Turns out many people still saw the promise in Carrie, and were convinced she could rise from the grave and be redeemed. And in 2012 that’s exactly what happened when a revamped Off-Broadway production was mounted. With a handful of new songs and a more traditional staging and styling (welcome back, normal-looking teens!), this new version—Carrie: The Musical—was given a welcome reception during its limited run, garnering 5 Drama Desk Award nominations in the process. Redemption at last.

And it’s this version that the gang from Riverdale mounts, 70s-style, for the Spring musical (and really, if there ever was a more appropriate musical for Riverdale to do, I’ve never heard of it). But choosing the better Carrie doesn’t prevent it from being a disaster (minor spoiler alert if you’re behind on Riverdale).

While the high school’s production is tight and it doesn’t get slayed by the critics, Midge, the production’s understudy-made-star, unfortunately does get slayed—by the Black Hood killer. Which is dramatically revealed center stage when the spotlight shines on her bloody, crucified corpse.

Alas, poor Carrie White—even fictional productions of her musical quickly get the ax one way or another.



A Tale Of Two DYNASTYs

With Nicollette Sheridan’s sly entrance as Alexis in episode 16 of the CW’s Dynasty redux, all the major players of the original series are now in place. Therefore, I thought it would be the perfect time to do a little comparison to see just what changes have been made to the line-up and storyline of the original 80s version to make them more relevant to the world of the 2010s.

What makes these two versions great for comparison is that the new Dynasty isn’t a continuation or reboot of the original. It’s a straight-up remake that, so far, has pretty much followed the trajectory and hit the same major plot beats of the original (although not without adding some original tweaks of its own—as any good remake should!), so…let’s dig in!


THEN (Blake, Krystle, Fallon)

Blake Carrington (John Forsythe) oversees his oil empire, Denver Carrington, from his 48-room Colorado mansion. He marries his second, and much younger, wife Krystle Jennings (Linda Evans). His former secretary, Krystle finds it hard to fit in the opulent world of the Carringtons. Also living at the mansion is Blake’s daughter, Fallon (Pamela Sue Martin). Headstrong and spirited, Fallon has no interest in following in her dad’s footsteps (although she eventually ends up running his La Mirage resort for a while).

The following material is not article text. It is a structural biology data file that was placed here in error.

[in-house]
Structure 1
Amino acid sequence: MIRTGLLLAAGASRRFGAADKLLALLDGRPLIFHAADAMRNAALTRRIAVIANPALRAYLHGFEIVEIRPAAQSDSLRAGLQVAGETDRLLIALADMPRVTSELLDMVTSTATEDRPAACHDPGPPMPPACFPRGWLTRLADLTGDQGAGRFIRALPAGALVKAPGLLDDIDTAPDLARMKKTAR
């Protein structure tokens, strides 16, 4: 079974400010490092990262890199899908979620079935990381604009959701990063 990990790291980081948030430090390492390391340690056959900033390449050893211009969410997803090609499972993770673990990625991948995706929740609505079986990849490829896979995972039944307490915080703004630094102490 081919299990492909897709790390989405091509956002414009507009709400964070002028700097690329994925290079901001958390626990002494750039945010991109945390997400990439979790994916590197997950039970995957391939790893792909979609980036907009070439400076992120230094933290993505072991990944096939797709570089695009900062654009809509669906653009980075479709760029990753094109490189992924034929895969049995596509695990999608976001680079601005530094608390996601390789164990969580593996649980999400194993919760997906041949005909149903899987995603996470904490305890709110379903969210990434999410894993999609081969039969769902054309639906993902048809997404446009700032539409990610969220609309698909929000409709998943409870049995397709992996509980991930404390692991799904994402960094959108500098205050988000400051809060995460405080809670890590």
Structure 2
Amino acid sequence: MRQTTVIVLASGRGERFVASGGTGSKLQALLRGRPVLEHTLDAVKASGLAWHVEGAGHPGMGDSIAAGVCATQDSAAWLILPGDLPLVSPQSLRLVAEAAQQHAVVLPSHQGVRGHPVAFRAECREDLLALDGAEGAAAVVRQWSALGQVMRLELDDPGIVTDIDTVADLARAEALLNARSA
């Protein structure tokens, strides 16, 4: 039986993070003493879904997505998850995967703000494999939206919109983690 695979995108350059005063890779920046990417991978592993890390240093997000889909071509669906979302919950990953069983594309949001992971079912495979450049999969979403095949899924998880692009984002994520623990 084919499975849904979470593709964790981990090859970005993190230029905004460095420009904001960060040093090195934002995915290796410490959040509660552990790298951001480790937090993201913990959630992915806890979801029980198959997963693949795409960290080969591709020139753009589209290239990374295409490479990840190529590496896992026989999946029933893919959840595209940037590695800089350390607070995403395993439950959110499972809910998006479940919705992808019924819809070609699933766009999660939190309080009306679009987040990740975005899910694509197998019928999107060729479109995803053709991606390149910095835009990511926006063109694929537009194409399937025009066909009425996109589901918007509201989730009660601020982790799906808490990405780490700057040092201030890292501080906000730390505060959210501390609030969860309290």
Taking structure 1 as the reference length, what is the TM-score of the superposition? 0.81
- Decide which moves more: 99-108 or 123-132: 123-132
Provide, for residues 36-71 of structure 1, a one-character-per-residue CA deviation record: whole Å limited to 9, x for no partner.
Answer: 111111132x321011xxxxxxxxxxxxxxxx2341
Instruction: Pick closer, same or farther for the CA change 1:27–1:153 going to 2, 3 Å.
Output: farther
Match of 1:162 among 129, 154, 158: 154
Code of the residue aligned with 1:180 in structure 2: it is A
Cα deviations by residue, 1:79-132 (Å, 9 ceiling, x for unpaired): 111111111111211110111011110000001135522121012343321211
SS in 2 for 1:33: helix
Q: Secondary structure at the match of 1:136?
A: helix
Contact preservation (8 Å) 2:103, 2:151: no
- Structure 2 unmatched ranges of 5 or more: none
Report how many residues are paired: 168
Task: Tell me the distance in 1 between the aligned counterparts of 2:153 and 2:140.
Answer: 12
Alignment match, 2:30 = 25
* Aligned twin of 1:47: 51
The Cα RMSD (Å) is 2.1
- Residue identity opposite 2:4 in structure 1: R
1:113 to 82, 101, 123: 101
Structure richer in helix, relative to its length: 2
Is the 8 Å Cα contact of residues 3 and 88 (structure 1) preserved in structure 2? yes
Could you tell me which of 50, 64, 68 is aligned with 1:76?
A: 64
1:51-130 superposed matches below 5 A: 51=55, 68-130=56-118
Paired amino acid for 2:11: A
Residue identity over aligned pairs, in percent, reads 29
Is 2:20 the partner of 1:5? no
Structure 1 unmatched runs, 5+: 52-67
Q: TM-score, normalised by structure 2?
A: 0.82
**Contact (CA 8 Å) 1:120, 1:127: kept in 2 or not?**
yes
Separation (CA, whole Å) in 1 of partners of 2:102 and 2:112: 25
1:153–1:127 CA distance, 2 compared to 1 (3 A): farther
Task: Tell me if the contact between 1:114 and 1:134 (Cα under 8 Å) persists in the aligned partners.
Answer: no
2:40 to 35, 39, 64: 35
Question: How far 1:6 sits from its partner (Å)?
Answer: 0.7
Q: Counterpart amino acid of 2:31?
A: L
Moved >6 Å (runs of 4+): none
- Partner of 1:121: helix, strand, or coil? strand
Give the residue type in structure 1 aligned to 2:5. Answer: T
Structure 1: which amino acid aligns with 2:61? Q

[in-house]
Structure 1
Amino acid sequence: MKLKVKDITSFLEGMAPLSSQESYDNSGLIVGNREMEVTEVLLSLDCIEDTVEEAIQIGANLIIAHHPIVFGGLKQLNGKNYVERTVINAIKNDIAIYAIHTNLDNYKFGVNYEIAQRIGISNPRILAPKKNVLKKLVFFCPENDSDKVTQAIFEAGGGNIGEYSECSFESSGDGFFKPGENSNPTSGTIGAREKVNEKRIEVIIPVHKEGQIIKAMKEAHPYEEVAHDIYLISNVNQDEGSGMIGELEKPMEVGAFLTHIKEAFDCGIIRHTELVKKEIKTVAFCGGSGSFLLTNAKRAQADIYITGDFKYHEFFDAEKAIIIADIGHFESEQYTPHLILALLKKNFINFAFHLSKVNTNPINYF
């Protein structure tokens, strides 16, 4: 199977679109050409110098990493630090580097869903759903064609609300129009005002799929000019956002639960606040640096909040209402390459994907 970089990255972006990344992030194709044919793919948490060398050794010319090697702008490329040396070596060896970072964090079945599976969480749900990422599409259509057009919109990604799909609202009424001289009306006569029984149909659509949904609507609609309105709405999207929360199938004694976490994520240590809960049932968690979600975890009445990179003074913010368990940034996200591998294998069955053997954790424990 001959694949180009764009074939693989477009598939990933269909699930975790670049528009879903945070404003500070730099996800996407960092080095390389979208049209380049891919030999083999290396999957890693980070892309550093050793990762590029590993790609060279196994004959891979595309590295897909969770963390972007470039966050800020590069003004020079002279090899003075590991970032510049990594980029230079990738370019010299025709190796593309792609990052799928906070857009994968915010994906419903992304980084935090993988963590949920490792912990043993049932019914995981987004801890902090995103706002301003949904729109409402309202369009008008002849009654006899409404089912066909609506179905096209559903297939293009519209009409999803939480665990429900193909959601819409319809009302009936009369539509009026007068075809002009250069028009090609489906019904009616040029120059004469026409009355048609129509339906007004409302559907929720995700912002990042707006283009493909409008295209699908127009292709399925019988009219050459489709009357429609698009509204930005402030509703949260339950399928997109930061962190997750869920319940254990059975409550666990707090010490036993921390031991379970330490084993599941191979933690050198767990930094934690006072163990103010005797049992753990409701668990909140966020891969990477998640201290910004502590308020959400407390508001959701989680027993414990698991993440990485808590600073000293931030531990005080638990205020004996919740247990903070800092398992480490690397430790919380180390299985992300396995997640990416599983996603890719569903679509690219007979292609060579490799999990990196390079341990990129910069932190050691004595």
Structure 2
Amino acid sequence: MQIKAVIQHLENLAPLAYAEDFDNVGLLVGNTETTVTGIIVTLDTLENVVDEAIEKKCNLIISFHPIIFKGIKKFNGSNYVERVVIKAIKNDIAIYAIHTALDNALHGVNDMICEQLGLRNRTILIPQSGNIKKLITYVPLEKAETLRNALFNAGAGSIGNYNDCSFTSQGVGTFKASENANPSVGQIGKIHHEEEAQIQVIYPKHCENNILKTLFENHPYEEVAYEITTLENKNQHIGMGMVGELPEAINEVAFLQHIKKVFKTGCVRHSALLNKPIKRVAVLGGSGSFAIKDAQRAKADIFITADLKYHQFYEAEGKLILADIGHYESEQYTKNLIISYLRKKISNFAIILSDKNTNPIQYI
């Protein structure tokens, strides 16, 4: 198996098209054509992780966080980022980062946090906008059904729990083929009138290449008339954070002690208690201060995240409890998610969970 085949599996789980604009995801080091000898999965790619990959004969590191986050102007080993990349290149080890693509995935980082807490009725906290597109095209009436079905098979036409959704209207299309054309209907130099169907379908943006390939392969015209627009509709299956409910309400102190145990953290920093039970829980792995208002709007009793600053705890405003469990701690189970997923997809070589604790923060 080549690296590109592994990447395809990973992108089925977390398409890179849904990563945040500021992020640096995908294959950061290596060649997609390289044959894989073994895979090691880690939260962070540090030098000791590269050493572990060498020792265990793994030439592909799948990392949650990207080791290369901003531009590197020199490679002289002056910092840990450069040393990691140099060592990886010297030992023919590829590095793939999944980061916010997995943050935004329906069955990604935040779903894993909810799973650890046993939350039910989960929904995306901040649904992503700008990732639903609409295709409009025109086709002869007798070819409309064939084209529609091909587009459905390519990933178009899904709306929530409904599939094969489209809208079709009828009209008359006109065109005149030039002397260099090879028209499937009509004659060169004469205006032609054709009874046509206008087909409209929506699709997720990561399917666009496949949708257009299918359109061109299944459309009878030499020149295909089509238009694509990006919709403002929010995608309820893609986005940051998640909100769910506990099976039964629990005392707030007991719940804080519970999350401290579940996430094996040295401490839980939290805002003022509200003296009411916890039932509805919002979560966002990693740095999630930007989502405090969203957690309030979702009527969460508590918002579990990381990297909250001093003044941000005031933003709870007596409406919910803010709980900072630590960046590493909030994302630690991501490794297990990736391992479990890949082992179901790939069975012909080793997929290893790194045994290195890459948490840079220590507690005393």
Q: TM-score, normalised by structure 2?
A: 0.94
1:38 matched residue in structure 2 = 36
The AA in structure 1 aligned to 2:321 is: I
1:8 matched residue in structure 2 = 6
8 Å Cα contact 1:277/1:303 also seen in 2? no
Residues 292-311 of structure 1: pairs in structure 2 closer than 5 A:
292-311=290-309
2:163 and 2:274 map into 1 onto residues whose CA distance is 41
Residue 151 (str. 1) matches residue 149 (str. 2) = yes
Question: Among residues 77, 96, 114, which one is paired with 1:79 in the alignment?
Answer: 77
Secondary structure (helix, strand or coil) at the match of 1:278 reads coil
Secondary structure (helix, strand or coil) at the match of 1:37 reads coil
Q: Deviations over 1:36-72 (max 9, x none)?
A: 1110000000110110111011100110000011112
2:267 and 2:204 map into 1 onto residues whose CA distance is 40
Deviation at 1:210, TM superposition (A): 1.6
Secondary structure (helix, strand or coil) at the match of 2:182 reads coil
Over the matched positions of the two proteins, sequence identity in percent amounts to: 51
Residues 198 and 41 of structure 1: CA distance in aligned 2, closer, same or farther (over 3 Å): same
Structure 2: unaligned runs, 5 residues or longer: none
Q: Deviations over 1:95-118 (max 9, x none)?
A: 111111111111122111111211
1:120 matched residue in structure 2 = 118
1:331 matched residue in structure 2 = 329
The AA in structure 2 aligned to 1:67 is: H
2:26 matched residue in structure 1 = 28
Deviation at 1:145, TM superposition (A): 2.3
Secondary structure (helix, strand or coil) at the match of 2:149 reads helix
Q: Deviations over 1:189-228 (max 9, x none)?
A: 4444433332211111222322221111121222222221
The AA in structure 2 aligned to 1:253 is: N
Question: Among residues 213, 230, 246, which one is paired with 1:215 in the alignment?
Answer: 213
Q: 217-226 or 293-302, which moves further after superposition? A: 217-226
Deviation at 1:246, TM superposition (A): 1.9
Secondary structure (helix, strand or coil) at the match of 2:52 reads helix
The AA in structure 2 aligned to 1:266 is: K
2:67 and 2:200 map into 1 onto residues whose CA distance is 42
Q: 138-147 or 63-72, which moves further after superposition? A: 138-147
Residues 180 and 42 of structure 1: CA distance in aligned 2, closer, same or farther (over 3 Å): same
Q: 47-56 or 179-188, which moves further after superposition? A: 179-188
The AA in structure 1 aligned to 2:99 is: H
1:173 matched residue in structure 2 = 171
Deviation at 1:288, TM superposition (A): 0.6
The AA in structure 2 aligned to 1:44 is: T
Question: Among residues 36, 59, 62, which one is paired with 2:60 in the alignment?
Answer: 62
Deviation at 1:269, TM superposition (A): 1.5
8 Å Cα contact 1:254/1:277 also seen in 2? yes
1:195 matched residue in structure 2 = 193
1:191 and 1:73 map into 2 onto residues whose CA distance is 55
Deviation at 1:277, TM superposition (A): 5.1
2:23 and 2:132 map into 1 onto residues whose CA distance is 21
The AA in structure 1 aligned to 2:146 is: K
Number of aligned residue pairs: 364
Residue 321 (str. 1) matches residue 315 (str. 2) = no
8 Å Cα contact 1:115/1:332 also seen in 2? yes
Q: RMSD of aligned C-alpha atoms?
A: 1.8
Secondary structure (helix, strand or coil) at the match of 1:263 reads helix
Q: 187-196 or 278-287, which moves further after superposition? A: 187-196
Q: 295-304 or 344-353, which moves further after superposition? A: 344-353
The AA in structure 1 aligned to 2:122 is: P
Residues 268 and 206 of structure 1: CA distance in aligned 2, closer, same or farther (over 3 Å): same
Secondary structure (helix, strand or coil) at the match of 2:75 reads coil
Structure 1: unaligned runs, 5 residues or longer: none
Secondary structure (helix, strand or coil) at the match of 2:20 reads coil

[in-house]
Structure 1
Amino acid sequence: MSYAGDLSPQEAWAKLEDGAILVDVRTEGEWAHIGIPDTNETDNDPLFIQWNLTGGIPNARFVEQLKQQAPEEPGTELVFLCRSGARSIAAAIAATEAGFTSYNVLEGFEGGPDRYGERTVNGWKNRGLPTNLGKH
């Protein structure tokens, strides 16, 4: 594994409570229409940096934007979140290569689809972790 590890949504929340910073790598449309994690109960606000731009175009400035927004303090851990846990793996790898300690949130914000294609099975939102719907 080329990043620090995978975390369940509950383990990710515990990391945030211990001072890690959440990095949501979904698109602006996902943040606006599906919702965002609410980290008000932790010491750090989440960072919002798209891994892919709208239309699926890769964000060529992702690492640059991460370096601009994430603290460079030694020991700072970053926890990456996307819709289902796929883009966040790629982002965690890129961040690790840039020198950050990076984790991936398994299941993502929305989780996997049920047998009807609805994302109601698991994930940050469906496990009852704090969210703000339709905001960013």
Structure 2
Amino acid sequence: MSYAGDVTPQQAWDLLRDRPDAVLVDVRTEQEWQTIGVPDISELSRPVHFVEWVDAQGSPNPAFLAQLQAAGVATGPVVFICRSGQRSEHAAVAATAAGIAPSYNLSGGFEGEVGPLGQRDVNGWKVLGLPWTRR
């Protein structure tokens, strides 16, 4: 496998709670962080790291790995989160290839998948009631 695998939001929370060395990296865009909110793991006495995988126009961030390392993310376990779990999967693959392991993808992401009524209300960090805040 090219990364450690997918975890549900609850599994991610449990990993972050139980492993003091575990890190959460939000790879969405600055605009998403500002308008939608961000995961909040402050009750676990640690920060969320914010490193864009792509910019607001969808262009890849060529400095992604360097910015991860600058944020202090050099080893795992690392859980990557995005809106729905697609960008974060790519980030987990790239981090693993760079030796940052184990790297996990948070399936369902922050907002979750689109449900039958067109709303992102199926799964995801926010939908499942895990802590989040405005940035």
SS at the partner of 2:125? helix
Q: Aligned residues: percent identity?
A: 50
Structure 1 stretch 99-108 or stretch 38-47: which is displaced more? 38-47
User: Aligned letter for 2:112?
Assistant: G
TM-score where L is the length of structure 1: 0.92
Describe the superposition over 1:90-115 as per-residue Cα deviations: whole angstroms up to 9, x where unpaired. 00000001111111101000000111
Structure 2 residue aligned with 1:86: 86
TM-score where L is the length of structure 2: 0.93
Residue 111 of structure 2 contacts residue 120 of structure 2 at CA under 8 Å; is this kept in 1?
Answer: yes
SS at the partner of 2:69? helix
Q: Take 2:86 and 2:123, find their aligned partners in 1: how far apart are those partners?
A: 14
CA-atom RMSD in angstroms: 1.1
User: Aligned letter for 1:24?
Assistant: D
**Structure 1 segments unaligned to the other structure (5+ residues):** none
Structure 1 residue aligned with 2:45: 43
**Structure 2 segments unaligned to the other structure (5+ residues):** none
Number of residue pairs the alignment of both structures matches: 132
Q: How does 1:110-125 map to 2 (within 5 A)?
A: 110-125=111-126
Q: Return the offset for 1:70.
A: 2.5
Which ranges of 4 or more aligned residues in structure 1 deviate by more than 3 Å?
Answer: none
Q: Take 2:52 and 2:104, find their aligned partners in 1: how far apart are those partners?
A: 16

NOW (Blake, Cristal, Fallon)

Blake Carrington (Grant Show),  oversees his global energy empire, Carrington Atlantic from its headquarters in Atlanta. His younger, second wife is Cristal Flores (Nathalie Kelley), a Venezuelan who works for Carrington Atlantic. But instead of leaving her job after they marry, she gets promoted—to COO. This does not sit will with Blake’s ambitious daughter, Fallon (Elizabeth Gillies), who had her eyes on that position. She eventually decides to leave Carrington Atlantic to start her own energy company, Morell Corp.

THEN (Steven, Sammy Jo, Alexis, Culhane)

Perpetually confused about his sexuality, Blake’s son Steven (Al Corley) mourns the death of his boyfriend by hooking up with Krystle’s niece, Sammy Jo (Heather Locklear)—who had basically moved herself into the Carrington mansion. They eventually wed and have a son, but divorce soon after. Alexis (Joan Collins), Fallon and Steven’s mother, has been out of their lives ever since she and Blake divorced. Suddenly, she swoops back into Denver when she is named as witness for the prosecution—in the trying of Blake for the murder of Ted (Steven’s aforementioned boyfriend). Michael Culhane (Wayne Northrup) is the Carrington’s chauffer, who also includes bedding Fallon among his driverly duties.

NOW (Steven, Sam, Alexis, Culhane)

Steven (James Mackay) is among other things, a confident gay man, an activist, a former drug addict, and is also in love with Sammy Jo (Rafael de la Fuente), who this time around is Cristal’s nephew, also from Venezuela. Sam also sets up house at the Carrington manse, much to the chagrin of practically everyone there except Cristal. Alexis (Nicollette Sheridan), the former Mrs. Blake Carrington, swoops back into Atlanta to attend the funeral of Blake’s father, after being driven out by Blake years earlier so he could keep custody of Fallon and Steven after their divorce. Michael Culhane (Robert Christopher Riley) is the Carrington’s chauffer who breaks off his years-long affair with Fallon when he’s tired of just being her plaything.

THEN (Jeff, Monica, Cecil)